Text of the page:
Home town favourite and Olympic, World and Commonwealth Games champion, Anna Meares (Australia) has declared today that she is ‘very proud’ of the way she races and will bring her trademark style to competition at next week’s 2012 UCI Track Cycling World Championships.
Melbourne (Australia), Home town favourite and Olympic, World and Commonwealth Games champion, Anna Meares (Australia) has declared today that she is ‘very proud’ of the way she races and will bring her trademark style to competition at next week’s 2012 UCI Track Cycling World Championships.
Anna (right) getting the better of Victoria Pendleton in London.
The vow comes after a statement by British world and Olympic champion Victoria Pendleton earlier this week that Meares ‘pushed the rules’. After arriving in Melbourne this morning for the championships which get underway next Wednesday, Meares said that is it part of sport at the highest level to push the boundaries. “I am very proud of the way that I ride,” Meares said. “I have so many people come up to me and tell me how exciting it is to watch me in a sprint match.”
Meares went on to explain the nature of sprinting and the need to push the limits to achieve the ultimate result, a fact she knows all too well after a serious crash in 2008 that left her with a broken neck. “I think it is fair to say that all sports people push the limits, myself included. I like to push the limits in training, I like to push my own limits and challenge myself to see what I am capable of doing.”
“Everyone brings to the table in sprinting a very different strength set and a very different weakness set and this is where the clashing occurs in the individual sprint because everyone is trying to control the race to suit their own strength and weaknesses. This is where movement comes in to it, where tactics comes into it and this is where strategy and racing plans come into it.”
“As a sprinter, we push the limits in terms of being strong, push the limits in being powerful, we push the limits on the tactics that we employ, the skill level that we try to attain on the track and yes sometimes the lines get crossed and the people who make the judgment on that are the commissaires.”
“You could probably look at 95% of the field and they have had a talking to by the commassaires and that’s their job.”
Anna pinning Victoria to the fence to control her race rather than be the one who is riding the other rider’s race.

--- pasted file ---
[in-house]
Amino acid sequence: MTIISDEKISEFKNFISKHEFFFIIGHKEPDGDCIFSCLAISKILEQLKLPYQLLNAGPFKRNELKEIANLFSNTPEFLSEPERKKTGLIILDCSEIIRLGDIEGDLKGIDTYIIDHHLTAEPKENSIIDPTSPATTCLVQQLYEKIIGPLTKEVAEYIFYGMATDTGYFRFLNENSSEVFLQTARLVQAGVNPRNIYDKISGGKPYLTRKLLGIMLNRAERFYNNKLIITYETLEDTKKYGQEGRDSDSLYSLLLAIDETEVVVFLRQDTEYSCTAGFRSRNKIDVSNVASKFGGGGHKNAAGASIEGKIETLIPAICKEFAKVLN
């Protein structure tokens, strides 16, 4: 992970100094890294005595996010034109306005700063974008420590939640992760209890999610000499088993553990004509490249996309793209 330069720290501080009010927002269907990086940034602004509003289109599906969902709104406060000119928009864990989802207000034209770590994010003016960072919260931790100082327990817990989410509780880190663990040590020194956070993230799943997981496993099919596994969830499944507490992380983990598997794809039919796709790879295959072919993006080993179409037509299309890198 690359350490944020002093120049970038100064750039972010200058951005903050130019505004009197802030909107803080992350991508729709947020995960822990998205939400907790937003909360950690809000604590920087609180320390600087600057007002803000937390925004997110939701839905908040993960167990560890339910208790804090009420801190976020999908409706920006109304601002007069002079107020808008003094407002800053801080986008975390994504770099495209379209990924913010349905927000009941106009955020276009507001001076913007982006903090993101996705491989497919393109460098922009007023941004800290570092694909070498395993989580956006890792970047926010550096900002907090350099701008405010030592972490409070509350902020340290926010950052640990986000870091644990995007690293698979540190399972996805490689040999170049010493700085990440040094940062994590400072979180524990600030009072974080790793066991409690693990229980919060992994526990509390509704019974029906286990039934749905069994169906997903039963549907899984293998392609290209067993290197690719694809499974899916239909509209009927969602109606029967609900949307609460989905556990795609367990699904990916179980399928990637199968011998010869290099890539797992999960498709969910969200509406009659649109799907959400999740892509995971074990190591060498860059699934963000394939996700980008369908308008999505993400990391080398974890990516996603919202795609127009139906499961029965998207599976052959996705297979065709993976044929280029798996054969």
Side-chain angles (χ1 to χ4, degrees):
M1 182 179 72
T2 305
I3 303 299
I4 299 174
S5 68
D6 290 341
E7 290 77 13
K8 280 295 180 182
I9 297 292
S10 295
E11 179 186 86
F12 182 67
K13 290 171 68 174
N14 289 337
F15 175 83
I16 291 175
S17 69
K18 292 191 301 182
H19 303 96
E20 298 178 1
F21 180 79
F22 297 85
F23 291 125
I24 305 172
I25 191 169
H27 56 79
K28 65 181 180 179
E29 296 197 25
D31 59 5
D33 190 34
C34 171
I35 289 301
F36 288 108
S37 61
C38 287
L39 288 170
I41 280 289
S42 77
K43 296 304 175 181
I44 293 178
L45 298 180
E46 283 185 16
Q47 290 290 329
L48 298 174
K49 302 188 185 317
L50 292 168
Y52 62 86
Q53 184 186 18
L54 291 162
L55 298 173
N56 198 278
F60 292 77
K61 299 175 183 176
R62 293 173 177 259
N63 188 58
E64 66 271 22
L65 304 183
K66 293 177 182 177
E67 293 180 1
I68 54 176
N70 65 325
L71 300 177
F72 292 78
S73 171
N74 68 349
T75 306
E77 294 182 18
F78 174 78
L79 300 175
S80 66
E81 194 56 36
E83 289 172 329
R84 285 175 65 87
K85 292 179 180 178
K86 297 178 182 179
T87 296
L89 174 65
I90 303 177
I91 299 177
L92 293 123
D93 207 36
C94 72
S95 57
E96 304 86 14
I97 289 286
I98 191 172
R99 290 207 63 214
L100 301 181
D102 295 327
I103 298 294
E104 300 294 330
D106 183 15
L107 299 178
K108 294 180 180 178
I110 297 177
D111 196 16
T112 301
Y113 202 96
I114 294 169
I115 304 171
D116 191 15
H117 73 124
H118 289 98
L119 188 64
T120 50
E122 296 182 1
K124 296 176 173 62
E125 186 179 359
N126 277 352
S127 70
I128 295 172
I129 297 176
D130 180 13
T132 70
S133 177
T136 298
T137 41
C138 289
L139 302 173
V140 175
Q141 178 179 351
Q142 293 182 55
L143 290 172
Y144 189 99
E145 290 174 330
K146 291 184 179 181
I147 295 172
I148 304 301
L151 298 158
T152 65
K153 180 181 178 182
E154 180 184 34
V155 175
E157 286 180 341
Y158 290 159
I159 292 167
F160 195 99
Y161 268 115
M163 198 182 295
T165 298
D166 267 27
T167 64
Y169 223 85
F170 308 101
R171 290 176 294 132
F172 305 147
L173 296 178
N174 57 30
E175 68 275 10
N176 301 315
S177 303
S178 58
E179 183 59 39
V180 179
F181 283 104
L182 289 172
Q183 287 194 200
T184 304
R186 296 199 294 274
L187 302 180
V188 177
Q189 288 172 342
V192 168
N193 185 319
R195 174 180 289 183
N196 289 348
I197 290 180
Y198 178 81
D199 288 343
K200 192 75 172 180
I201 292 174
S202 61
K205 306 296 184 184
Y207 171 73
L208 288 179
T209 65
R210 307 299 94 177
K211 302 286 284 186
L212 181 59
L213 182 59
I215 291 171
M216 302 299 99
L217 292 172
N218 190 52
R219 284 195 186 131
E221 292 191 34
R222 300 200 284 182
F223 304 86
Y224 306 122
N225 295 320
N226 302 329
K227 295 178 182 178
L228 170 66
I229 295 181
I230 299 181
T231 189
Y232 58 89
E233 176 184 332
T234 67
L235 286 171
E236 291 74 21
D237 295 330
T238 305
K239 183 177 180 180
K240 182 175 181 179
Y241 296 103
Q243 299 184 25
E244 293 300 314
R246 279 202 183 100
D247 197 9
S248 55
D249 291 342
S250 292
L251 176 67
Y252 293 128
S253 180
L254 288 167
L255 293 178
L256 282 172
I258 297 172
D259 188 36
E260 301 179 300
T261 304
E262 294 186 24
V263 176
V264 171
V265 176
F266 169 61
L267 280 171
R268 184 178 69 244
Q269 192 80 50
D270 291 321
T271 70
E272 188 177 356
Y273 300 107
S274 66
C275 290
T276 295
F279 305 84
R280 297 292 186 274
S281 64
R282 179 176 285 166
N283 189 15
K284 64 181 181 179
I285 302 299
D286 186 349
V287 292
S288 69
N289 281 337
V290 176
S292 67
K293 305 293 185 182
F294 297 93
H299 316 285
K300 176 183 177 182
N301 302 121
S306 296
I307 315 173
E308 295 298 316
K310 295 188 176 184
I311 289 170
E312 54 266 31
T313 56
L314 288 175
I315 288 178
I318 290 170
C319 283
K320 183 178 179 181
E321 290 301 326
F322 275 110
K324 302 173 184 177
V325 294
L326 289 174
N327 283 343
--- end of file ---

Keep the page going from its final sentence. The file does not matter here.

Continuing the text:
Meares, who will compete in the three Olympic sprint events – the Team Sprint, Individual Sprint and Keirin – as well as the 500m time trial at next week’s World Championships, described the difficulty rivalry creates to the development of friendships.
“The rivalry is a rivalry, and it’s a great one between Victoria and I,” Meares said.
We meet when we are in good form and that is always generally in the semis or the finals and when we race each other, we literally turn each other inside out.”
“Sometimes with great rivalries, you can’t have a great friendship because there is so much riding on the line for those involved. It’s an uncomfortable situation to try and be able to switch off and open yourself up to that person when you do need to beat them on the track.”
“I have had great experience in that environment with my sister Kerrie and the hardest thing I have ever had to do in my life is learn to switch off to defeat my own sister and I take lessons from that experience with my sister and apply that with Victoria.”
Anna in tears after winning her first world title with sister Kerrie
“Sometimes it is easier to just be competitors and perhaps it is going to be a case for Victoria and I to wait until we have retired and see where it goes from there.”
The World Championships sees the return of Meares to the venue in which her highly successful international career began. “Melbourne and Hisense Arena, to me, has a very special place in my heart, especially with the history of my career,” she said. “It started here in 2004 when I was a young 20-year-old and I won my first World Championship in the 500m time trial.”
Originally from Queensland, Meares will dedicate her 500m time trial ride on Sunday evening to Ken Tucker – the man who uncovered her talent as a child. “This year I would like to dedicate my ride to Ken Tucker (father of sprinter Kenrick), my very first coach from Queensland. This is a man who saw in me a talent that not many other people did.”
“I dedicate this to him, and he will be here to watch me race which is very special.”
That first World title in Melbourne in 2004. Will Anna repeat that in Melbourne with more rainbow jerseys? Next week we’ll find out.